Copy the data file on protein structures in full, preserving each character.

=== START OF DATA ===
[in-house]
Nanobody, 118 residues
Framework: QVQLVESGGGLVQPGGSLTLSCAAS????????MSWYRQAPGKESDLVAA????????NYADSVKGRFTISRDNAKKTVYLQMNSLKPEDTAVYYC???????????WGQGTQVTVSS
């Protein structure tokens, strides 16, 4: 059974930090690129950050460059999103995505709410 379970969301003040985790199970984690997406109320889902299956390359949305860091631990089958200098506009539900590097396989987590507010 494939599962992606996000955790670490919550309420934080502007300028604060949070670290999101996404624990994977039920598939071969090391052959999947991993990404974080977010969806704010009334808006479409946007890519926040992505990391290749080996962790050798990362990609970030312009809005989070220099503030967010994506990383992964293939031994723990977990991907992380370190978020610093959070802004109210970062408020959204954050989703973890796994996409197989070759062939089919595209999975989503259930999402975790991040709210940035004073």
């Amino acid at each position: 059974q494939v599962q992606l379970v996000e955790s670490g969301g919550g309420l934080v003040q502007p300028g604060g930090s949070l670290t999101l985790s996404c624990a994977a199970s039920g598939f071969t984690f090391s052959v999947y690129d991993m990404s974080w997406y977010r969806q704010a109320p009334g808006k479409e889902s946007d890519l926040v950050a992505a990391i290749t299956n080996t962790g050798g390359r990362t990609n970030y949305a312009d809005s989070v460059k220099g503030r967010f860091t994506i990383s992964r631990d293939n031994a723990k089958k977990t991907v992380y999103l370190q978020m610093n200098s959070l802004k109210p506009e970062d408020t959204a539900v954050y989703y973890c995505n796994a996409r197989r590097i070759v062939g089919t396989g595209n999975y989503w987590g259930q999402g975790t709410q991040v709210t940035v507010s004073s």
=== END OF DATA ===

[in-house]
Nanobody, 118 residues
Framework: QVQLVESGGGLVQPGGSLTLSCAAS????????MSWYRQAPGKESDLVAA????????NYADSVKGRFTISRDNAKKTVYLQMNSLKPEDTAVYYC???????????WGQGTQVTVSS
């Protein structure tokens, strides 16, 4: 059974930090690129950050460059999103995505709410 379970969301003040985790199970984690997406109320889902299956390359949305860091631990089958200098506009539900590097396989987590507010 494939599962992606996000955790670490919550309420934080502007300028604060949070670290999101996404624990994977039920598939071969090391052959999947991993990404974080977010969806704010009334808006479409946007890519926040992505990391290749080996962790050798990362990609970030312009809005989070220099503030967010994506990383992964293939031994723990977990991907992380370190978020610093959070802004109210970062408020959204954050989703973890796994996409197989070759062939089919595209999975989503259930999402975790991040709210940035004073």
């Amino acid at each position: 059974q494939v599962q992606l379970v996000e955790s670490g969301g919550g309420l934080v003040q502007p300028g604060g930090s949070l670290t999101l985790s996404c624990a994977a199970s039920g598939f071969t984690f090391s052959v999947y690129d991993m990404s974080w997406y977010r969806q704010a109320p009334g808006k479409e889902s946007d890519l926040v950050a992505a990391i290749t299956n080996t962790g050798g390359r990362t990609n970030y949305a312009d809005s989070v460059k220099g503030r967010f860091t994506i990383s992964r631990d293939n031994a723990k089958k977990t991907v992380y999103l370190q978020m610093n200098s959070l802004k109210p506009e970062d408020t959204a539900v954050y989703y973890c995505n796994a996409r197989r590097i070759v062939g089919t396989g595209n999975y989503w987590g259930q999402g975790t709410q991040v709210t940035v507010s004073s």